Crisis-hit platinum miner Lonmin is gearing up for a $1bn rights issue to repair its ailing balance sheet just days after violence pushed the death toll at its Marikana mine in South Africa to 44.
The company, once part of Tiny Rowland's Lonhro conglomerate, shut Marikana when workers struck over pay and conditions 10 days ago. Riot police opened fire on knife-wielding strikers, sending its shares slumping.
Lonmin was already months away from breaching its banking covenants before the mine closure, according to analysts. A collapse in the price of platinum, because of falling demand from European carmakers, has hit the group's profits. Platinum is used in the manufacture of emissions-reducing catalytic converters.
The company is thought to have consulted with its largest shareholders about the fundraising. It is believed to have won support from Xstrata, the FTSE 100 miner, which has a 25 per cent stake in Lonmin.
In late July, Lonmin assured the market that net debt remained well within the limits of its existing bank debt facilities. Last week it added: "The company continues to monitor the position closely regarding the additional pressure which the current disruption to production may put on its bank debt covenants when they are next tested on 30 September."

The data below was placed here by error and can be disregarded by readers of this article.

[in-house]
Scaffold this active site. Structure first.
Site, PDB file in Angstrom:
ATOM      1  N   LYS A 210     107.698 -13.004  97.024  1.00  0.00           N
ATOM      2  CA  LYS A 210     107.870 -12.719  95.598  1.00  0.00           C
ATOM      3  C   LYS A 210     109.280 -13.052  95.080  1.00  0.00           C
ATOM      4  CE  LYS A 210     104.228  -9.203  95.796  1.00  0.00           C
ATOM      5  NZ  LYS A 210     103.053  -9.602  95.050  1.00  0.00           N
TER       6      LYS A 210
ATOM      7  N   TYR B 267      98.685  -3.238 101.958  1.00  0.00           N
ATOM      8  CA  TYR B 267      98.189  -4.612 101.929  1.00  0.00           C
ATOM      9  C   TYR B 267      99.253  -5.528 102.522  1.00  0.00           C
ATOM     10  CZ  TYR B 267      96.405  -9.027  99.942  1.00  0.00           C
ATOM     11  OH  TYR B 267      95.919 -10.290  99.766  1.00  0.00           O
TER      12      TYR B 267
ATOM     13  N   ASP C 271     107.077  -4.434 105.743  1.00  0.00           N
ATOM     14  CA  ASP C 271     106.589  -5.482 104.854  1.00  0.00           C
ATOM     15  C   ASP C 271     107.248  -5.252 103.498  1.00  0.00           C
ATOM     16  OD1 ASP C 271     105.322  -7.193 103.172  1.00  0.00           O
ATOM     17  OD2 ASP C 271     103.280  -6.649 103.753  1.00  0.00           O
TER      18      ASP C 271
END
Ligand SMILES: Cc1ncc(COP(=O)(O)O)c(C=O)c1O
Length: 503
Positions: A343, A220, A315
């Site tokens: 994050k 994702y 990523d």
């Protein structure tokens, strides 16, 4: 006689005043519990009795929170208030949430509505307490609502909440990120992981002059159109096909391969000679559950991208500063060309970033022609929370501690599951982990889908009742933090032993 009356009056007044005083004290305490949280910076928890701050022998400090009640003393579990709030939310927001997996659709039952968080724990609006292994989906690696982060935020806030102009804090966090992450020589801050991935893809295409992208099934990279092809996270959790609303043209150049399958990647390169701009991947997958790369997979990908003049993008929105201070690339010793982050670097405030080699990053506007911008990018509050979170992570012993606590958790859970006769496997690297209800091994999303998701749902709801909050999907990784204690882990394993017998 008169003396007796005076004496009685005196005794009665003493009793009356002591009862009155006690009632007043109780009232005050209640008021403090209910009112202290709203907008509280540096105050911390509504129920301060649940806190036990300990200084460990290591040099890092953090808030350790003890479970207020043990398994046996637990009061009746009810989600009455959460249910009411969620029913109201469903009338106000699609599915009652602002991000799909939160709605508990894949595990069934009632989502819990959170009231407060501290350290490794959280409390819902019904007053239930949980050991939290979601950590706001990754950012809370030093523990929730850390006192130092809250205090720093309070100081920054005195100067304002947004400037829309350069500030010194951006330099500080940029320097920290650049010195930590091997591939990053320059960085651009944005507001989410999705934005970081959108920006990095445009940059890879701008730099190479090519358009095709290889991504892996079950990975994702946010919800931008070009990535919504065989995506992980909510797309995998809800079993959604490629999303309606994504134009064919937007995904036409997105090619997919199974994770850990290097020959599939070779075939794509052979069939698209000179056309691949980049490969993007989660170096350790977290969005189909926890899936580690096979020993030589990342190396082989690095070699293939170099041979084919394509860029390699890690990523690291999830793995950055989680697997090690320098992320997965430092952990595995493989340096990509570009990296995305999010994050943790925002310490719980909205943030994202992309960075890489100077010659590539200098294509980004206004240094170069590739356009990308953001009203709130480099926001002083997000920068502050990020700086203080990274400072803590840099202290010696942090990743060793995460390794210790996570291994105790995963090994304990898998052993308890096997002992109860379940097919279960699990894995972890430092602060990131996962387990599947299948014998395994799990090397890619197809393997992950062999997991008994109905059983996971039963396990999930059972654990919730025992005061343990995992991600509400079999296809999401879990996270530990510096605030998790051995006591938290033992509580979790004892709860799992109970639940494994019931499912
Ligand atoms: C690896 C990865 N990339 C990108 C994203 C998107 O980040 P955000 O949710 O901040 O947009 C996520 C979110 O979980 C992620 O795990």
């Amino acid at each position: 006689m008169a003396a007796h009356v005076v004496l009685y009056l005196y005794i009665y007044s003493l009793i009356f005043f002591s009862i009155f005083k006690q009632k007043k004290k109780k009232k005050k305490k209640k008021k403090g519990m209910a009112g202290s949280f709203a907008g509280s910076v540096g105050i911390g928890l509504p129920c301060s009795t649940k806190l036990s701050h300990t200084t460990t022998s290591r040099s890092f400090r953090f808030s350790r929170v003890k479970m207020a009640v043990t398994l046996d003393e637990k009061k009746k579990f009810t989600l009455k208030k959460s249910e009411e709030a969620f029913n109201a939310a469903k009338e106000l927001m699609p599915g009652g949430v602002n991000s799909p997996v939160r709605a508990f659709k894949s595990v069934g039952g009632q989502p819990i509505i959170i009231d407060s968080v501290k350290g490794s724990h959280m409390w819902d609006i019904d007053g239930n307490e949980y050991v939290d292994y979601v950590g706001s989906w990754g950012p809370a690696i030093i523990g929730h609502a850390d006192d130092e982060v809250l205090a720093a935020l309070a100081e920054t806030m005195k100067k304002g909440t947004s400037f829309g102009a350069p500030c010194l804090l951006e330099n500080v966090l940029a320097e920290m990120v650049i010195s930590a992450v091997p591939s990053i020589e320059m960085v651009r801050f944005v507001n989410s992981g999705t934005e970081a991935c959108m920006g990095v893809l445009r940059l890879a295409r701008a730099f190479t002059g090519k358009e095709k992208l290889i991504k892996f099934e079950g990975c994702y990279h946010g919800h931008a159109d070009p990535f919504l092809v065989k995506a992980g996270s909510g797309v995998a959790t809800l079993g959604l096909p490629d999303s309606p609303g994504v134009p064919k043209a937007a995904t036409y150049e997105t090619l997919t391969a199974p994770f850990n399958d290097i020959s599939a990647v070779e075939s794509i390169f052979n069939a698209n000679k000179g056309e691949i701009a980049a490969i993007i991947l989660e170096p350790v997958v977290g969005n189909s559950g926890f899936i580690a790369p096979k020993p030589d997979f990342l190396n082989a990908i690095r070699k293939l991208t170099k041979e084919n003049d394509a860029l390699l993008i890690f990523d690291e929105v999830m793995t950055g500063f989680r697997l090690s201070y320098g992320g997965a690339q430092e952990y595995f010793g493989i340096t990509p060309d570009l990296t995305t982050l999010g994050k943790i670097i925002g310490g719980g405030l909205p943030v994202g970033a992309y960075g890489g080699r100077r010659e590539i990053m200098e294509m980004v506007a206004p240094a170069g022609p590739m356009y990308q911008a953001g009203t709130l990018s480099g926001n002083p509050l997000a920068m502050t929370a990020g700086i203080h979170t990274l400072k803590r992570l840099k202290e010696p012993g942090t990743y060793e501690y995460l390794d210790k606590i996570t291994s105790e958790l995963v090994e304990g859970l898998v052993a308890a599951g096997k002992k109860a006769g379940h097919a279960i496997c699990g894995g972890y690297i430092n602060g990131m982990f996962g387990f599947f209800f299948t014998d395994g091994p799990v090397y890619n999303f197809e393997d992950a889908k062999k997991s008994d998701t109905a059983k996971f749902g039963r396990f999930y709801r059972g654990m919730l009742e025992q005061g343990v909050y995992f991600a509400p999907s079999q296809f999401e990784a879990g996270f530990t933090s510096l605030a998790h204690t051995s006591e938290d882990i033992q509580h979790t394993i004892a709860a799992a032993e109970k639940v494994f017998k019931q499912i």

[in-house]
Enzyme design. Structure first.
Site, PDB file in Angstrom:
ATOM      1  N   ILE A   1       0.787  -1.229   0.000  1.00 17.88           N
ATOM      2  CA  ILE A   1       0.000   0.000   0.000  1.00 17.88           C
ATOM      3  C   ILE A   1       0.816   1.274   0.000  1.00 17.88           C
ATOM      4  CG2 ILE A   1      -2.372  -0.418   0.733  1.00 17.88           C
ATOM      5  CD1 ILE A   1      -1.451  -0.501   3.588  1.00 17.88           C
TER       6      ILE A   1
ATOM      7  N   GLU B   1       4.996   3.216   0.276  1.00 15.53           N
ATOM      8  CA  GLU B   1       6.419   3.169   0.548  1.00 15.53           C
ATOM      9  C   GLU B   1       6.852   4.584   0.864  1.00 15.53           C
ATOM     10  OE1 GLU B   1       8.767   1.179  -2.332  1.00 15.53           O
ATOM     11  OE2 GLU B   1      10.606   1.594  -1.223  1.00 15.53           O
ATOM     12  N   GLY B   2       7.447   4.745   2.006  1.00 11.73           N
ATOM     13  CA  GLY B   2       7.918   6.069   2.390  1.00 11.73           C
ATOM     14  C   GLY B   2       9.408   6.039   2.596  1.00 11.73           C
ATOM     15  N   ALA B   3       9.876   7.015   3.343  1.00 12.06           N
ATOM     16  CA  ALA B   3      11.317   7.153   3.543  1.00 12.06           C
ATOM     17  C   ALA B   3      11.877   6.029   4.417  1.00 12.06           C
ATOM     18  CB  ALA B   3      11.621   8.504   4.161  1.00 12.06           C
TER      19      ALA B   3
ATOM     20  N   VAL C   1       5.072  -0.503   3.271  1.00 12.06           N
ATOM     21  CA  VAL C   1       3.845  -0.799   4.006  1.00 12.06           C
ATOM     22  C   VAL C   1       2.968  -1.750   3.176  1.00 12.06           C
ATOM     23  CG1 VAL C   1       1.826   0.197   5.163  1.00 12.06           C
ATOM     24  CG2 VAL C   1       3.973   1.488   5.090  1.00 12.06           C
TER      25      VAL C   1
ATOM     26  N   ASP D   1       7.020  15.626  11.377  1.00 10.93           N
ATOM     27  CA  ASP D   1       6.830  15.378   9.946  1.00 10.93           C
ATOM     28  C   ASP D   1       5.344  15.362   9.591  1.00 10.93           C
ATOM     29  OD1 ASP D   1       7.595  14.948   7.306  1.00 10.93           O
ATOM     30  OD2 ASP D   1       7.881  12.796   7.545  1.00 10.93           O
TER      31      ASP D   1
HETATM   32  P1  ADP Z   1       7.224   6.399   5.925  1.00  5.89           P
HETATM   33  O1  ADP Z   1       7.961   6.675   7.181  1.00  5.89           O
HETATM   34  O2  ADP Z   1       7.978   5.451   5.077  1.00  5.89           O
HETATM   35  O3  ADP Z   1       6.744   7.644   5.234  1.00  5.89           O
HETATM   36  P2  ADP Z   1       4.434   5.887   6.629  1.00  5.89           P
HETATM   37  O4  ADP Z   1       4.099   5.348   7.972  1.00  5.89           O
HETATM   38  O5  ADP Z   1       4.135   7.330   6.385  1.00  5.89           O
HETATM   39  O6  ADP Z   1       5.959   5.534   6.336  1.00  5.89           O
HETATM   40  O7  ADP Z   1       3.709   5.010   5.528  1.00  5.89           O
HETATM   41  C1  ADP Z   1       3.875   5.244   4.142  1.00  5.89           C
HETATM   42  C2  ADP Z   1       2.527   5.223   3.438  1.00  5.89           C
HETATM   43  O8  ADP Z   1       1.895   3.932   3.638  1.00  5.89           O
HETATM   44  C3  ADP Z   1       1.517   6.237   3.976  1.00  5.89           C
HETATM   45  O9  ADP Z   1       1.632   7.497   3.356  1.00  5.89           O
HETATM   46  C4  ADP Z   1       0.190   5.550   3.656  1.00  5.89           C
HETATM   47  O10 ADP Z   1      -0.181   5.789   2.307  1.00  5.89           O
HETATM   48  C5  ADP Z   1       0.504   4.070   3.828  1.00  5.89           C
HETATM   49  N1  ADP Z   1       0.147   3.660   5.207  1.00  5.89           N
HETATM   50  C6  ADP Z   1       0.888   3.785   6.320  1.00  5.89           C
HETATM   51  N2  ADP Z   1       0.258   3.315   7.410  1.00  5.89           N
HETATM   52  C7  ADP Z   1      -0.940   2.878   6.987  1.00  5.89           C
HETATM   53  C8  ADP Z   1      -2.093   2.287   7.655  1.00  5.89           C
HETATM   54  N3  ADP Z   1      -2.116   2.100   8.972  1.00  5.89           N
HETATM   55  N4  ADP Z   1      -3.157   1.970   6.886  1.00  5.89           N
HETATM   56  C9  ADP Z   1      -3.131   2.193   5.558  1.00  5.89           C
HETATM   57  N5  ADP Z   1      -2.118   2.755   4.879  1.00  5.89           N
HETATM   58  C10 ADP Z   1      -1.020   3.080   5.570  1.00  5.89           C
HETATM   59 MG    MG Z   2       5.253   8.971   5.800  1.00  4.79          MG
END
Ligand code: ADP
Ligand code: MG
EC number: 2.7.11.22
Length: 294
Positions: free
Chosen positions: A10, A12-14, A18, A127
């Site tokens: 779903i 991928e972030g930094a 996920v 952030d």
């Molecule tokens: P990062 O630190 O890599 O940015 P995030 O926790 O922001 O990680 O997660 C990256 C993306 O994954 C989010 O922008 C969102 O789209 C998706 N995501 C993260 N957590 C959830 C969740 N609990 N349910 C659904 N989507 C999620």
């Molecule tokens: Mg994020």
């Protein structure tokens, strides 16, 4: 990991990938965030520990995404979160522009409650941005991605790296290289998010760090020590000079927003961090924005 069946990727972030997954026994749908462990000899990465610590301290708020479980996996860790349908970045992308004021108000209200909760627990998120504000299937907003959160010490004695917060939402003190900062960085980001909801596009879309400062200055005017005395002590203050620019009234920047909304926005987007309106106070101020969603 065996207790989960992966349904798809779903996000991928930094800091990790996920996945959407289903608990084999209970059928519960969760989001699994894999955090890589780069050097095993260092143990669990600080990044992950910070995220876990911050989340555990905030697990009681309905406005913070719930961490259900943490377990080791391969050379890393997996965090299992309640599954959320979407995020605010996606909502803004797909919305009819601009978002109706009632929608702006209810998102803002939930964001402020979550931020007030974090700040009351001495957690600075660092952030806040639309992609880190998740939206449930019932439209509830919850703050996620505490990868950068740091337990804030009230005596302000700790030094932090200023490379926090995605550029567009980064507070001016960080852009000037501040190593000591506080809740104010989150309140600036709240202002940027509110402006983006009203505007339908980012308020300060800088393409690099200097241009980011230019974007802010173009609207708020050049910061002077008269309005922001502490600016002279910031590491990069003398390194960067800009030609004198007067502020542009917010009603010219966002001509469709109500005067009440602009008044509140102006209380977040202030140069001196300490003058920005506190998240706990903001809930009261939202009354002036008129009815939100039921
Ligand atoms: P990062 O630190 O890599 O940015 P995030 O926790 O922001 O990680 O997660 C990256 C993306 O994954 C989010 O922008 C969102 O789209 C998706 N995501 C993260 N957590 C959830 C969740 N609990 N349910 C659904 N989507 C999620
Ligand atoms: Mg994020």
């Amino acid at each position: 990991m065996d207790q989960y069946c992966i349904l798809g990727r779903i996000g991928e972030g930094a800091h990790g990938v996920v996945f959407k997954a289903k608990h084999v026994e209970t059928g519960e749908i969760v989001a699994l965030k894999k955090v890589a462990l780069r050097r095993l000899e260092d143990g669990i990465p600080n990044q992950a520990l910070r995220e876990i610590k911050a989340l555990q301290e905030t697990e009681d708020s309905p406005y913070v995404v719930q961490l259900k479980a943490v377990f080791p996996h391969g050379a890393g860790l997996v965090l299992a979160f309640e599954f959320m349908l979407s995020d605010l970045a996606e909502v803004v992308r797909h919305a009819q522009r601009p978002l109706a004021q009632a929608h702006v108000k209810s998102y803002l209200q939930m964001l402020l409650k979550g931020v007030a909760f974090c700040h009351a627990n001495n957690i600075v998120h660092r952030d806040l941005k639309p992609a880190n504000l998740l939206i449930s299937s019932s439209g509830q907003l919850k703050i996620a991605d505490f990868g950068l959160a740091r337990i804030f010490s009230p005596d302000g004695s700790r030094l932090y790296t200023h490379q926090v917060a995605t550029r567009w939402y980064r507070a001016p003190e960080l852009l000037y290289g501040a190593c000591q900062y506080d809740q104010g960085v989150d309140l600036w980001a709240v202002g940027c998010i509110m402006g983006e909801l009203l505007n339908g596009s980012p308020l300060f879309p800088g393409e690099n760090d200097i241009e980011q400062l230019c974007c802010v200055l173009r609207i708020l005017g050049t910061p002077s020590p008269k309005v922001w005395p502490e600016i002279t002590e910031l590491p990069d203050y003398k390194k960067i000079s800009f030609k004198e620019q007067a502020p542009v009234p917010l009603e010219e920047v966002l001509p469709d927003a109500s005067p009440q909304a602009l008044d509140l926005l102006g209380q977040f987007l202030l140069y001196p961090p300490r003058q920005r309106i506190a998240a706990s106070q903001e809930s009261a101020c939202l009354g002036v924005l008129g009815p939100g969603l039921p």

Lonmin's chief executive, Ian Farmer, was treated in hospital last week for an unrelated "serious illness". During his absence, the chairman, Roger Phillimore, has taken charge. The company has won a court order ruling the strike illegal and has ordered staff back to work by today.
Lonmin, the world's third-largest platinum miner, has tried to introduce more mechanisation into the mining process, but it has led to higher, not lower, costs, disruptions and a string of fatalities.
Platinum mining takes place in some of the world's deepest mines and involves searching for the smallest veins of ore.
Xstrata's stake dates back to a takeover attempt for Lonmin in 2008. Xstrata recently wrote down the value of its Lonmin stake by $500m.